Your car's paint is its first line of defense against rust, but the paint job is bound to collect an assortment of stone chips, door dings and scratches in day-to-day driving.
If you allow rust to establish a beachhead, it will eventually perforate the metal, according to an article in the current issue of the Hearst magazine Popular Mechanics, and then you are in for an expensive appointment at the body shop.The way to avoid this is to catch the problem before the metal is gone. It is possible to repair most minor chips in an hour or two, in the privacy of your driveway.
Don't even think about using anything except automotive primer and paints. Rust-Oleum is terrific for a rusty swing set, but it is not compatible with the solvents in the paint systems used on cars.
You will need primer and touchup paint in those little finger-nail polish bottles.
Begin by carefully removing flaky surface rust and loose paint, right down to bare metal. Use a sharp awl or knifepoint, but be careful not to enlarge the chipped area any more than you have to.
To stabilize the surface of the metal, use 3M's Rust Avenger, which will combine chemically with the lingering rust. Skipping this step is not recommended if you live anywhere it rains or they use salt on the roads.
Using an automotive primer-surfacer and a small brush, carefully prime the metal, again being careful to remain within the confines of the existing chip.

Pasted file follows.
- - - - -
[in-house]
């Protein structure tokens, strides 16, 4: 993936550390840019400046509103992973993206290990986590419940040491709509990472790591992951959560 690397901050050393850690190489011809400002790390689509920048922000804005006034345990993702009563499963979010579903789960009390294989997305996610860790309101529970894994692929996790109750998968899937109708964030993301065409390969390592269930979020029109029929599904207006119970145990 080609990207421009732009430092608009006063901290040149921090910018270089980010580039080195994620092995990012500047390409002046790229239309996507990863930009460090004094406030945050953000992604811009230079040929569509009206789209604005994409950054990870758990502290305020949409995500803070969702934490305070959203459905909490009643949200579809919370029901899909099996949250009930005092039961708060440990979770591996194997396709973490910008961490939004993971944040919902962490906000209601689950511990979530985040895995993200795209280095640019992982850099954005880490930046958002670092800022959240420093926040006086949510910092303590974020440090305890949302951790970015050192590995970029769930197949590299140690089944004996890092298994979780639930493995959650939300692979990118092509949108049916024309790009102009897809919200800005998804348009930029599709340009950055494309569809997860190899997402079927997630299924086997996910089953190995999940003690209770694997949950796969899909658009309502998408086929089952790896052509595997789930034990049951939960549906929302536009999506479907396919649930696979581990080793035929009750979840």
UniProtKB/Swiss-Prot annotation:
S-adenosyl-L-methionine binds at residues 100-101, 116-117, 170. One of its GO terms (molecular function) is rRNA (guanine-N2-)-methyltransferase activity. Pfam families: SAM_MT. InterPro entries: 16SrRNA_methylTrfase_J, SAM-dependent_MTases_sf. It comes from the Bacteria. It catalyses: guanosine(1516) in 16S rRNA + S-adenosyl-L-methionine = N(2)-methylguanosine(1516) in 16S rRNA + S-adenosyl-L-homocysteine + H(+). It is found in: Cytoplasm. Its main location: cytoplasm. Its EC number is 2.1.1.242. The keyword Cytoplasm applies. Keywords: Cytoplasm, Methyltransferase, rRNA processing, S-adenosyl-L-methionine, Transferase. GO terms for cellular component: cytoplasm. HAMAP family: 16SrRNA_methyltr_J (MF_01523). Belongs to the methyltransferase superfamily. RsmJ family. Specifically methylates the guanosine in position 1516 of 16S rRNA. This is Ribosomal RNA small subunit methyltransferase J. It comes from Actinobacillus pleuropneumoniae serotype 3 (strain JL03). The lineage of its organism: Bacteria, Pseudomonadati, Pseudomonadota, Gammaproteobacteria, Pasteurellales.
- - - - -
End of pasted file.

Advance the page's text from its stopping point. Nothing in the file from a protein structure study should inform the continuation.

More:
If you do get any paint on the shiny part of the car, wipe it off with paper toweling. It may be necessary, when you are finished, to use rubbing compound to buff off any residue. The finish won't suffer any permanent blemish, provided you are gentle with the compound. Don't get any compound on the primer.
Let the primer dry thoroughly. Overnight is best. The primer will shrink considerably as it dries, so another coat may be necessary.
What you are trying to do is fill the chip about halfway with primer. Then, using a bottle of touchup color and its built-in brush, cover the primer with a couple of coats, allowing plenty of drying-shrinking time.
Eventually, you will wind up with an almost invisible repair. If the scratch, chip or ding was large, the surface may be irregular, but it will be the right color and it won't rust.
You can improve on the appearance even further by very lightly wet-sanding with 600-grit paper to smooth out the surface. Just build the paint a little higher than the surroundings, and then sand carefully until the paint is smooth.